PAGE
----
Anxiety and its Aftermath
If you had told me that depression could become so severe that a person would stop sleeping, I would have laughed. If you would have told me that anxiety could fill the body of the sufferer with fear and dread, I probably would have thought you ignorant. After all, we all have anxiety at times and get depressed now and then. Most of my life, I thought little about anxiety. If I did, it was to think of it as nervousness or a fear of something unknown. I never thought it could be crippling emotionally or otherwise. I think most people feel that way about it, unless they have had the misfortune to get to know it intimately. I was definitely someone who did not ever want to get up and speak in front of a group. If I saw boys that I liked in school, I looked down and avoided their gazes. I worried a lot and bit my nails. But other than butterflies in my stomach, meh – no big deal.
Panic disorder was something I heard about. I didn’t think much about it, just as I didn’t think much about schizophrenia or bipolar disorder. As a special education teacher, I have taught students with these disorders, but looked at their behavior as a symptom of their illness. I have since learned that panic disorder can be debilitating, with symptoms that mirror a heart attack, or a churning in the chest that makes it hard to breathe, or nausea that makes eating unpleasant. They come on suddenly, without warning, which leads many people to avoid the circumstances that might have caused them. A friend was going to the airport for spring break the year after 9/11 and her son, who was a teen, had a meltdown at the airport and could not get on the plane. Another friend talked about being unable to go to noisy environments (overexcitabilities, anyone?) and I had an aunt who told me she could not go out in the heat because she couldn’t breathe. One friend dreamed of being in an earthquake and was sure she’d wake up with her head at the foot of the bed, but it was just an attack while she slept. These attacks woke her up and made it impossible to sleep more than a few hours.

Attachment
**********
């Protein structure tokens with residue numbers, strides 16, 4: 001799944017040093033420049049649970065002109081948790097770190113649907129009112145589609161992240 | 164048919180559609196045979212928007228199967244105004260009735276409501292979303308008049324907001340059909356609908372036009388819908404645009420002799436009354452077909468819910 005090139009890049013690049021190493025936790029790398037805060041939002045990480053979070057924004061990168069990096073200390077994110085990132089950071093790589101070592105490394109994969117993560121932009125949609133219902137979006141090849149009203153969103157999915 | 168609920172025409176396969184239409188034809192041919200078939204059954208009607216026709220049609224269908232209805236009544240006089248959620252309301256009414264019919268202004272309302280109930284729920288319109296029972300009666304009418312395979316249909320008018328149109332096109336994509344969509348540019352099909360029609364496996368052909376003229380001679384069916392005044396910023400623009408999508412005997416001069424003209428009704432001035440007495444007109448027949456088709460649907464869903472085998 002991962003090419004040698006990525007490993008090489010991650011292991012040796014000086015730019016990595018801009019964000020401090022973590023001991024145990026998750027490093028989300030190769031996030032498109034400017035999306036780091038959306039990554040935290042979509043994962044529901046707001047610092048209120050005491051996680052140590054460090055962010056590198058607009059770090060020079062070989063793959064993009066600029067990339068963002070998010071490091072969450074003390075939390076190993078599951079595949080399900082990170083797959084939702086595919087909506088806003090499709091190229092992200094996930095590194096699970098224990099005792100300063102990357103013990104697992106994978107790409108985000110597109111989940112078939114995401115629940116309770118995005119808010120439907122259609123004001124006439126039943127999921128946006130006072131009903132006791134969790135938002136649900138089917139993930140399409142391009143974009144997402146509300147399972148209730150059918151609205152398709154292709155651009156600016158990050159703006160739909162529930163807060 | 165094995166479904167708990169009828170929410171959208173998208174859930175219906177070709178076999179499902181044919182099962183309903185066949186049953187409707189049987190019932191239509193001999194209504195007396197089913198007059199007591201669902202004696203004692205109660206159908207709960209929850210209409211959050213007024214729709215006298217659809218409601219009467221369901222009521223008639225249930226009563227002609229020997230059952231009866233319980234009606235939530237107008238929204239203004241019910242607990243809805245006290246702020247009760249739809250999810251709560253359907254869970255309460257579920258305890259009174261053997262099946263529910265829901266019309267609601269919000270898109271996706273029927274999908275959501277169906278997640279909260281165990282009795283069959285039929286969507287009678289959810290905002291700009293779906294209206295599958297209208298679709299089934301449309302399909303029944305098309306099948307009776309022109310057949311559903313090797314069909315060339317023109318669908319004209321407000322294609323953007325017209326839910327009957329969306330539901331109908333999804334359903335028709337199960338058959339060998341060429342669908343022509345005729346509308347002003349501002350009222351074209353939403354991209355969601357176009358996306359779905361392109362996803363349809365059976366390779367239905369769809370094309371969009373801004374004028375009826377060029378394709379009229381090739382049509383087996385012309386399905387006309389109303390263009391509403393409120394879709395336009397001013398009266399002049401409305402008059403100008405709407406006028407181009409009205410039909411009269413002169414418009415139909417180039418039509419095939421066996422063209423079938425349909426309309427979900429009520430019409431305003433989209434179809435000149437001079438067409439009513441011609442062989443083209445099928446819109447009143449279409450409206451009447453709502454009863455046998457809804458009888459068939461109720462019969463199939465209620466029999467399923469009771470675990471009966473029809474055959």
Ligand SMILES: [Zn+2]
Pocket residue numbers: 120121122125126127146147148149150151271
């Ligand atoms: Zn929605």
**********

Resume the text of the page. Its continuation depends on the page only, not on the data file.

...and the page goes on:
Gifted children often have existential dilemmas that other children are not aware of. Such things as starving children, homelessness, disease, and natural disasters are very real to them. It doesn’t take much for them to be able to picture the suffering of the world. Parents need to address these anxieties when they come up and take actions designed to calm their nerves. My favorite people are the social workers who know just what to do and say in such situations. By all means, if you or your child is having panic attacks, seek professional help from a social worker, psychologist, or doctor. This tends to run in families and can be devastating to the individual experiencing the symptoms. Drinking chamomile tea or listening to relaxation tapes is not enough.
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